Vampires Suck Review

Aug 18, 2010 | 9:43am EDT

The pointlessness of mocking that which is already inherently funny or which has already been parodied incessantly by others is pretty much self-evident but don’t tell that to filmmakers Jason Friedberg and Aaron Seltzer who’ve been ignoring that axiom rather lucratively for the better part of a decade. Their particular brand of generic plain-wrap satire seen in such films as Date Movie Epic Movie and Disaster Movie (I’m still waiting for them to parody themselves with Movie Movie but that might be a bit too meta) still holds a firm foothold over the shrinking yet nonetheless significant segment of the movie-watching audience that lacks broadband access to the internet where better parodies can be found in abundance on such sites as or or even among the amateur offerings on YouTube.

Their latest effort Vampires Suck has them taking on the current vampire-obsessed zeitgeist with a special emphasis placed on the Twilight franchise. Stephenie Meyers’ teen vampire saga is the Jenna Jameson of parody targets already ravaged every which way and from every angle and yet always ripe for another impaling.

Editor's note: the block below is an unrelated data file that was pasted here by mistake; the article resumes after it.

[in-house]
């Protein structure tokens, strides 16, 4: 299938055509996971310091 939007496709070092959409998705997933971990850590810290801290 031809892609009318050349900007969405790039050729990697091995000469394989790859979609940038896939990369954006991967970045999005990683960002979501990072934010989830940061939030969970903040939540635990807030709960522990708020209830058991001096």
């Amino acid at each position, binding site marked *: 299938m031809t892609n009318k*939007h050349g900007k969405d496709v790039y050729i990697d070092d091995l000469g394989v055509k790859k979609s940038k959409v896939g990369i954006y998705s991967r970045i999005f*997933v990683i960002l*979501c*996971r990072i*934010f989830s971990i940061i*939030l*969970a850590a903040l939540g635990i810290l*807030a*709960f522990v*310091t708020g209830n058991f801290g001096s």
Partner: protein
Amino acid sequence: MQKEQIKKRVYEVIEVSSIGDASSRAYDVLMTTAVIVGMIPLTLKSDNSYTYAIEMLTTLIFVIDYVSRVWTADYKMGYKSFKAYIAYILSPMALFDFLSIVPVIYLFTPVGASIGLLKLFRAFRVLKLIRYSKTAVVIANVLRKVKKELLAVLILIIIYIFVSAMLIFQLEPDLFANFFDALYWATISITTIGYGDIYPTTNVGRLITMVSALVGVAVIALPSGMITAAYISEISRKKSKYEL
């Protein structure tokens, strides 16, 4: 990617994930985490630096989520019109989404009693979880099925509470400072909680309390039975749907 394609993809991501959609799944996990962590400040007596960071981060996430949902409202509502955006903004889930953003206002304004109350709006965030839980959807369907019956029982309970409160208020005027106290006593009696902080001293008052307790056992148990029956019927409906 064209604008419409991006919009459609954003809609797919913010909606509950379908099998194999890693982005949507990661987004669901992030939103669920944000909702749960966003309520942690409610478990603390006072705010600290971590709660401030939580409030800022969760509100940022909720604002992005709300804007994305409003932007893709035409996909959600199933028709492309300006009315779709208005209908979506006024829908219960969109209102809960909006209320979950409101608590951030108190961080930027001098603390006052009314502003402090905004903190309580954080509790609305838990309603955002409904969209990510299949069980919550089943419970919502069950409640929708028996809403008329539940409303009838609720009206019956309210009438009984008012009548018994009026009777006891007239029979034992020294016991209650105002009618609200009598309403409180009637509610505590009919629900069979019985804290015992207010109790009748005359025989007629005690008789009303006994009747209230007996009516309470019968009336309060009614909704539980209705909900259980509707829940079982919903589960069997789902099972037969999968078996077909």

And so it’s time for Friedberg and Seltzer’s ride on Twilight’s community bicycle ragged and worn as its seat may be and they predictably skewer its chaste melodrama with their trademark blend of lowbrow slapstick and obvious puns many of which involve little more than the switching of a few letters in a word: Twilight’s setting of Forks Washington is re-christened Sporks; its heroine Bella Swan becomes Becca Crane (newcomer Jenn Proske impressively mimicing Kristen Stewart's famously twitchy demeanor); her vampiric boyfriend Edward Cullen becomes Edward Sullen (Matt Lanter) Jacob Black becomes Jacob White (Christopher N. Riggi) and the Volturi become the Zolturi. Scattered about are similarly uninspired pokes at other pop-culture phenomena including Gossip Girl The Jersey Shore and Keeping Up With the Kardashians.

Vampires Suck’s hit-to-miss joke ratio averages around one in five just below the Mendoza Line but still better than the average re-run of King of Queens. Which I fear is more than enough for some lazy studio exec to greenlight still more stale Friedberg and Seltzer collaborations. I can only assume 3D Movie is already in the pipeline.

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